I am not superstitious nor do I have many idiosyncrasies about death. I know a lot of people do, but not withstanding, I don’t give a hoot about what happens with my body at that stage. I wholeheartedly subscribe to cremation and I am a registered organ donor, so take what you will before I become combustible. This leads me to my story concerning a minister who founded a church on the South Side of Chicago in the late ’30s. He must have been a persistent sort because he stayed with it and experienced the growth of his congregation by leaps and bounds. He passed away in the late ’70s. The church had grown, but wasn’t prosperous enough to build a monument to him. It was the height of ridiculousness that he was buried in a segregated cemetery. The church congregation continued to grow with his successor. After twenty-some odd years after his death, they were able to move him to an “equal opportunity cemetery”, which would not accept him right after he died. Given the location of this holy ground, one would have a hard time believing they would not accept his remains back then. A real travesty in my mind, because we are all created equal. Even before they dug him up, they had started construction in a mausoleum to honor his life and work.
I’m not sure what they expected after twenty plus years, but when he was unearthed he was a little soggy. The burial vault sprung a leak. His face and head were pretty much gone, but his white suit was primarily in tact. I have the photos in my file. The funeral director and church hierarchy were aghast. They brought suit against the vault manufacturer but not right away. Being the insurance rep for the carrier that insured the vault manufacturer, I got a real blistering earful from the current pastor. The funeral director was pretty upset too. By the way, they did move him to his new surroundings and had quite a ceremony within spitting distance of the mausoleum they had constructed. The church felt cheated because of his decayed state. The funeral director said he would lose business because his future clients were very upset. He explained that his condition upon being unearthed put them under a bad sign. Some might use the word spooked. The hierarchy of the church felt they might lose patrons because of this shameful situation.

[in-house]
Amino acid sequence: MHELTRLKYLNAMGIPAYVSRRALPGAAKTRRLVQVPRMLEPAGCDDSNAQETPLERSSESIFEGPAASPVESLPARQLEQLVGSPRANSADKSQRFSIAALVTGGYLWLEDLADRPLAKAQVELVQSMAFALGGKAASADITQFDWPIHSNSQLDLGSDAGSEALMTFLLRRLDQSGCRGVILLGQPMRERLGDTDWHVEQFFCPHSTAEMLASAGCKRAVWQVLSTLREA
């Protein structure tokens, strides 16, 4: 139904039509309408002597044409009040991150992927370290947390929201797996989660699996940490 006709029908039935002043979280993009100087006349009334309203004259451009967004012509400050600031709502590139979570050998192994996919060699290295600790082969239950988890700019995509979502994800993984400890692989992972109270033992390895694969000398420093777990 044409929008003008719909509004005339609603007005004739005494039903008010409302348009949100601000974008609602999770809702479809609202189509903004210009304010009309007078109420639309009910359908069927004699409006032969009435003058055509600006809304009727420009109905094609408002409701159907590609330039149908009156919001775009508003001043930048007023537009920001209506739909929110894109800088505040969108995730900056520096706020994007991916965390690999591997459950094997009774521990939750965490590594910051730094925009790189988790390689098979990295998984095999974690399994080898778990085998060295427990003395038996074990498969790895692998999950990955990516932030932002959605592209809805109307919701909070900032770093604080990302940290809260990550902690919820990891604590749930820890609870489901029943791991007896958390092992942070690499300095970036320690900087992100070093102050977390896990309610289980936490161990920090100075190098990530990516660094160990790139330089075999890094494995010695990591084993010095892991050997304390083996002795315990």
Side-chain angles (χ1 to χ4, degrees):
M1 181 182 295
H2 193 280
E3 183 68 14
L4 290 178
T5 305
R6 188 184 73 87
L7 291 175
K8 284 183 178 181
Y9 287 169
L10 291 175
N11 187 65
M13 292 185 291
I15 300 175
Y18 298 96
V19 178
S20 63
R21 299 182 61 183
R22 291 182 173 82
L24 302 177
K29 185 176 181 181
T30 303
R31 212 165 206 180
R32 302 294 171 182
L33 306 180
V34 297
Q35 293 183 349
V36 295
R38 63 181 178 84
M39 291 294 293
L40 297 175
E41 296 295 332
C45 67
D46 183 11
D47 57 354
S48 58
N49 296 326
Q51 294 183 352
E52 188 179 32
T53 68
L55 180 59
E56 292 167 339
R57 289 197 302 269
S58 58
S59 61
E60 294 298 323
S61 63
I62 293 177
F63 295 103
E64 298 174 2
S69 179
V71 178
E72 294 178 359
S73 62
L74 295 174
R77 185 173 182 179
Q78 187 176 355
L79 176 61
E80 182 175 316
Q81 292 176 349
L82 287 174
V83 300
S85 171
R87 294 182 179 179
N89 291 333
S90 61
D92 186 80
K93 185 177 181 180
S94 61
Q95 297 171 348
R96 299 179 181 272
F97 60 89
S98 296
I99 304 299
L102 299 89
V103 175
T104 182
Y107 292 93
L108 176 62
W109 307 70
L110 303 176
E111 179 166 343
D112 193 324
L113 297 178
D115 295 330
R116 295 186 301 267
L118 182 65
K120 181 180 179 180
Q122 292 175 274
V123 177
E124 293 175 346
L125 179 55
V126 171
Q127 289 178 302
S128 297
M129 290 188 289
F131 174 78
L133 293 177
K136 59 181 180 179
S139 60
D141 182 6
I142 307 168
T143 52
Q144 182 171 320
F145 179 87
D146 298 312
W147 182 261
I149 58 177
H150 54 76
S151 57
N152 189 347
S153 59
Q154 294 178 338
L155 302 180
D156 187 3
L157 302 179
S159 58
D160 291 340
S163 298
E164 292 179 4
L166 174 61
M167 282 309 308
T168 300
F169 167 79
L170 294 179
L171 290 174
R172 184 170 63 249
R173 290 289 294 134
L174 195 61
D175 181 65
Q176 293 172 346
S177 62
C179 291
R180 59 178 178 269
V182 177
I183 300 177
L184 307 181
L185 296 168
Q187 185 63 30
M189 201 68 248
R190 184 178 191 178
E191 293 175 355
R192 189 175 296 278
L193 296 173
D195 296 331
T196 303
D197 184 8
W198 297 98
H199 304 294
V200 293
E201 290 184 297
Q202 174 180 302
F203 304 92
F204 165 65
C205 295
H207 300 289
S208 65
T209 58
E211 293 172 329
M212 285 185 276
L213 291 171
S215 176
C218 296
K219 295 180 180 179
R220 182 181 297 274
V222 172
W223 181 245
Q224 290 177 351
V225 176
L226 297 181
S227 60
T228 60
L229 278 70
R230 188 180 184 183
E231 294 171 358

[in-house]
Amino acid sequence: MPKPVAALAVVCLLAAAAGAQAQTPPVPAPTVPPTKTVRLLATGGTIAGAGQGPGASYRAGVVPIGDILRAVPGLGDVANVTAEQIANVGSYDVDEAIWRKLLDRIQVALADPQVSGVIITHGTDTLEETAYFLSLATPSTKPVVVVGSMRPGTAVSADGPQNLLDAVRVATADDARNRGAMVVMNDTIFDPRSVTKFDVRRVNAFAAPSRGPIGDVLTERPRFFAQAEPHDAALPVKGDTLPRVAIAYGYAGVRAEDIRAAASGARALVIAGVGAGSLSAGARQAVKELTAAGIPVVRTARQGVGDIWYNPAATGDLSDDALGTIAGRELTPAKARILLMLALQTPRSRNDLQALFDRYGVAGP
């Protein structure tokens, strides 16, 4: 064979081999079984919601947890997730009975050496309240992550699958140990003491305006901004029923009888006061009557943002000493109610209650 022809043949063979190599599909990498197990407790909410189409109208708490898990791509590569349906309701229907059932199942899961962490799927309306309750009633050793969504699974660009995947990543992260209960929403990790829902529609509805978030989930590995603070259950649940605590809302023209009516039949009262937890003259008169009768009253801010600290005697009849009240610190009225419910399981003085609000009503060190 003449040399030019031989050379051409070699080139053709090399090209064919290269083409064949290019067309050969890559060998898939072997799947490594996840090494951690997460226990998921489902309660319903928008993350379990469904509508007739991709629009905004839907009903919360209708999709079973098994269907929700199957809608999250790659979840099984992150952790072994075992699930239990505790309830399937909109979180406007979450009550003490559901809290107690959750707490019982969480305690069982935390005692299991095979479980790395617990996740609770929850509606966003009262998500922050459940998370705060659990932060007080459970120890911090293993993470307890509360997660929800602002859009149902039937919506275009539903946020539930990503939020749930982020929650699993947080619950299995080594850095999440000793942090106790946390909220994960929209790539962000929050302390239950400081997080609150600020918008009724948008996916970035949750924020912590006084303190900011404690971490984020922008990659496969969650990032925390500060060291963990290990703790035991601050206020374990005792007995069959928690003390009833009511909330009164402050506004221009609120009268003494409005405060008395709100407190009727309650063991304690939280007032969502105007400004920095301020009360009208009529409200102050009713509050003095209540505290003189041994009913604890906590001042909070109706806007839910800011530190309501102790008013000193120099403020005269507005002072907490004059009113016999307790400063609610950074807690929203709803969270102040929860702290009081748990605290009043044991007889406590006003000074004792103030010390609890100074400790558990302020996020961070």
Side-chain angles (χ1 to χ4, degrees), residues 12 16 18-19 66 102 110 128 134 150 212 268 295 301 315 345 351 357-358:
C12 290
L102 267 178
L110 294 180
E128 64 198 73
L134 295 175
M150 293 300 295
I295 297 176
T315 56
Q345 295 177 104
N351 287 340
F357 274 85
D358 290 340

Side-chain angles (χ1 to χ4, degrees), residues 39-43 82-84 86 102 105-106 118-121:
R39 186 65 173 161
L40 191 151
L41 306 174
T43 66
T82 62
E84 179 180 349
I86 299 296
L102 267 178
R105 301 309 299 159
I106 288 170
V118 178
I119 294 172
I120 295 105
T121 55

They eventually filed suit, but before they did, they made a demand of $60,000 for the church and $100,000 for the funeral home. There were two strong considerations mitigating against them. Illinois law provides no protection, rights, or status for remains. The burial vault had a warranty that provided for the replacement of the vault with a similar one, and nothing more. There also was a question of coverage for a variety of reasons. When did the vault fail? The vault was sold in the late ’70s and no manufacturer can be held accountable for a defective product after 20 years.
The case was denied in writing to the church and the funeral director. The case was eventually dismissed by a judge through a directed verdict.
When I was out interviewing the funeral director and the pastor, they did their best to intimidate me with no appreciable success. I had a pretty good idea before I went out to interview them that the case was going to be denied. However, the carrier wanted the whole story before making their final determination about the merits of the case. I let them blow off steam and it seemed to me they were getting a lot off their chests. In retrospect ,I believe they had an idea their gambit wasn’t going to be successful, but they persisted anyway. I always say, “Nothing ventured, nothing gained.” By filing suit I think they were hoping to get a nuisance settlement, which would have been a fraction of what they were asking. The way I heard them tell this lurid account of anguish would suggest that hyperbole is alive and well.